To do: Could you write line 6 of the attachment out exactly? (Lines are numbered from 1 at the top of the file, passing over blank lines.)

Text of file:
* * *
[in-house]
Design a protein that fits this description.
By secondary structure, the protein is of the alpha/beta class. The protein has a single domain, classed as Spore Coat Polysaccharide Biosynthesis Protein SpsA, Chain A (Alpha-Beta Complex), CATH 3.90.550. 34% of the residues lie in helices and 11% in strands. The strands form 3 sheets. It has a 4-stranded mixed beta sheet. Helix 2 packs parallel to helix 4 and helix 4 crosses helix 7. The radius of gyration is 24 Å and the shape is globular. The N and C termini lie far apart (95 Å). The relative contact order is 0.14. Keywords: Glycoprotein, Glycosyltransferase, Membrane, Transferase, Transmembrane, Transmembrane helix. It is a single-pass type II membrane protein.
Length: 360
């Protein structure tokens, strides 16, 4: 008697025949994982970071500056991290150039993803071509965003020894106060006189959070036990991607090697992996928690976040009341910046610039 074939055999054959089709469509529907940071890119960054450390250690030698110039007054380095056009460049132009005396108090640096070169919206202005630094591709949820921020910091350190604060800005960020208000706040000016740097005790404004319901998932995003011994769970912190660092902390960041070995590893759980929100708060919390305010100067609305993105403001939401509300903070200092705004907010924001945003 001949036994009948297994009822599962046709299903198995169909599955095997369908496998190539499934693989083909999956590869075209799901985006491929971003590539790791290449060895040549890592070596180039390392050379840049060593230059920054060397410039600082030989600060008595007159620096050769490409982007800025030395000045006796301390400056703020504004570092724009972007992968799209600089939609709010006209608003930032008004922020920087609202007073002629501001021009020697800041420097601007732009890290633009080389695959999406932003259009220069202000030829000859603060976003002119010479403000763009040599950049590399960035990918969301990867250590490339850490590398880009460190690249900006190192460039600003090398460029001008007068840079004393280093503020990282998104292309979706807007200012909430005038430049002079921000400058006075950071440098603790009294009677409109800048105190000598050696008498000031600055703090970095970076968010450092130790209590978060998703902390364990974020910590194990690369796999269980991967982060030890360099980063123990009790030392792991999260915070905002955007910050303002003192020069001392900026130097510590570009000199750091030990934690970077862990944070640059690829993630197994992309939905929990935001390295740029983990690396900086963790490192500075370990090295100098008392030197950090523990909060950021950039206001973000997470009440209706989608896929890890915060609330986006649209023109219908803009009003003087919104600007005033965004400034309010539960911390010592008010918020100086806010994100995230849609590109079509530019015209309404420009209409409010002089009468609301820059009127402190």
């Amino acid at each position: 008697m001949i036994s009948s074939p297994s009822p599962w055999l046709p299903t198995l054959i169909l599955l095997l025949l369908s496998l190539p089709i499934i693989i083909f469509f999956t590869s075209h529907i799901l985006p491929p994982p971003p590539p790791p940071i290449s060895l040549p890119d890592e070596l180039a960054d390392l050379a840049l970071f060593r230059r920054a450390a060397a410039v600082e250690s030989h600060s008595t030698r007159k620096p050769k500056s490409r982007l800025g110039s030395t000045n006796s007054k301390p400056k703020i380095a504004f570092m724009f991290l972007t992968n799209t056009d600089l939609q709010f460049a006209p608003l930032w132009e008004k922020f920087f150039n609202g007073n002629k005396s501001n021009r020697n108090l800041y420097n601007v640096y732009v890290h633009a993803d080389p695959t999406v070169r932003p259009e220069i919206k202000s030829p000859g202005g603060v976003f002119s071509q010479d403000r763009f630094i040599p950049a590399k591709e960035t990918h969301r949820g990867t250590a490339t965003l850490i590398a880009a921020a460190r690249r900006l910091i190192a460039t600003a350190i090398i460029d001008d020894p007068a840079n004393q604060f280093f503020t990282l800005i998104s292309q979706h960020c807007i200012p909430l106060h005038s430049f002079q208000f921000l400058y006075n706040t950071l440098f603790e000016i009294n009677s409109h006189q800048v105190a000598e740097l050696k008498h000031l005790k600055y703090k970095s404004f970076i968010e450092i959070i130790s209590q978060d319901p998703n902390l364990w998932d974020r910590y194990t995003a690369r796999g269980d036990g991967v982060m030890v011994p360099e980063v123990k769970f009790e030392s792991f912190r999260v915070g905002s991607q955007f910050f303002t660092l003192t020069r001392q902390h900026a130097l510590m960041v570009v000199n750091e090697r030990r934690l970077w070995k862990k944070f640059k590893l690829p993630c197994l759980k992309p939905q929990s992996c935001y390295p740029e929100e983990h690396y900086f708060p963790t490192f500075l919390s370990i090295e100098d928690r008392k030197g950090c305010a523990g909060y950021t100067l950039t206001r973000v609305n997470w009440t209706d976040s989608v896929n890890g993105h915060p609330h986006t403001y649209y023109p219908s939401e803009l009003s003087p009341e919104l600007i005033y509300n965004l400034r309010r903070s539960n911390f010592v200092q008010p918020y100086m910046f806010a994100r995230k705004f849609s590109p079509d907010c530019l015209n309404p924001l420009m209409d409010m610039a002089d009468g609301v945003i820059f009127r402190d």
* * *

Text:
């Amino acid at each position: 008697m001949i036994s009948s074939p297994s009822p599962w055999l046709p299903t198995l054959i169909l599955l095997l025949l369908s496998l190539p089709i499934i693989i083909f469509f999956t590869s075209h529907i799901l985006p491929p994982p971003p590539p790791p940071i290449s060895l040549p890119d890592e070596l180039a960054d390392l050379a840049l970071f060593r230059r920054a450390a060397a410039v600082e250690s030989h600060s008595t030698r007159k620096p050769k500056s490409r982007l800025g110039s030395t000045n006796s007054k301390p400056k703020i380095a504004f570092m724009f991290l972007t992968n799209t056009d600089l939609q709010f460049a006209p608003l930032w132009e008004k922020f920087f150039n609202g007073n002629k005396s501001n021009r020697n108090l800041y420097n601007v640096y732009v890290h633009a993803d080389p695959t999406v070169r932003p259009e220069i919206k202000s030829p000859g202005g603060v976003f002119s071509q010479d403000r763009f630094i040599p950049a590399k591709e960035t990918h969301r949820g990867t250590a490339t965003l850490i590398a880009a921020a460190r690249r900006l910091i190192a460039t600003a350190i090398i460029d001008d020894p007068a840079n004393q604060f280093f503020t990282l800005i998104s292309q979706h960020c807007i200012p909430l106060h005038s430049f002079q208000f921000l400058y006075n706040t950071l440098f603790e000016i009294n009677s409109h006189q800048v105190a000598e740097l050696k008498h000031l005790k600055y703090k970095s404004f970076i968010e450092i959070i130790s209590q978060d319901p998703n902390l364990w998932d974020r910590y194990t995003a690369r796999g269980d036990g991967v982060m030890v011994p360099e980063v123990k769970f009790e030392s792991f912190r999260v915070g905002s991607q955007f910050f303002t660092l003192t020069r001392q902390h900026a130097l510590m960041v570009v000199n750091e090697r030990r934690l970077w070995k862990k944070f640059k590893l690829p993630c197994l759980k992309p939905q929990s992996c935001y390295p740029e929100e983990h690396y900086f708060p963790t490192f500075l919390s370990i090295e100098d928690r008392k030197g950090c305010a523990g909060y950021t100067l950039t206001r973000v609305n997470w009440t209706d976040s989608v896929n890890g993105h915060p609330h986006t403001y649209y023109p219908s939401e803009l009003s003087p009341e919104l600007i005033y509300n965004l400034r309010r903070s539960n911390f010592v200092q008010p918020y100086m910046f806010a994100r995230k705004f849609s590109p079509d907010c530019l015209n309404p924001l420009m209409d409010m610039a002089d009468g609301v945003i820059f009127r402190d």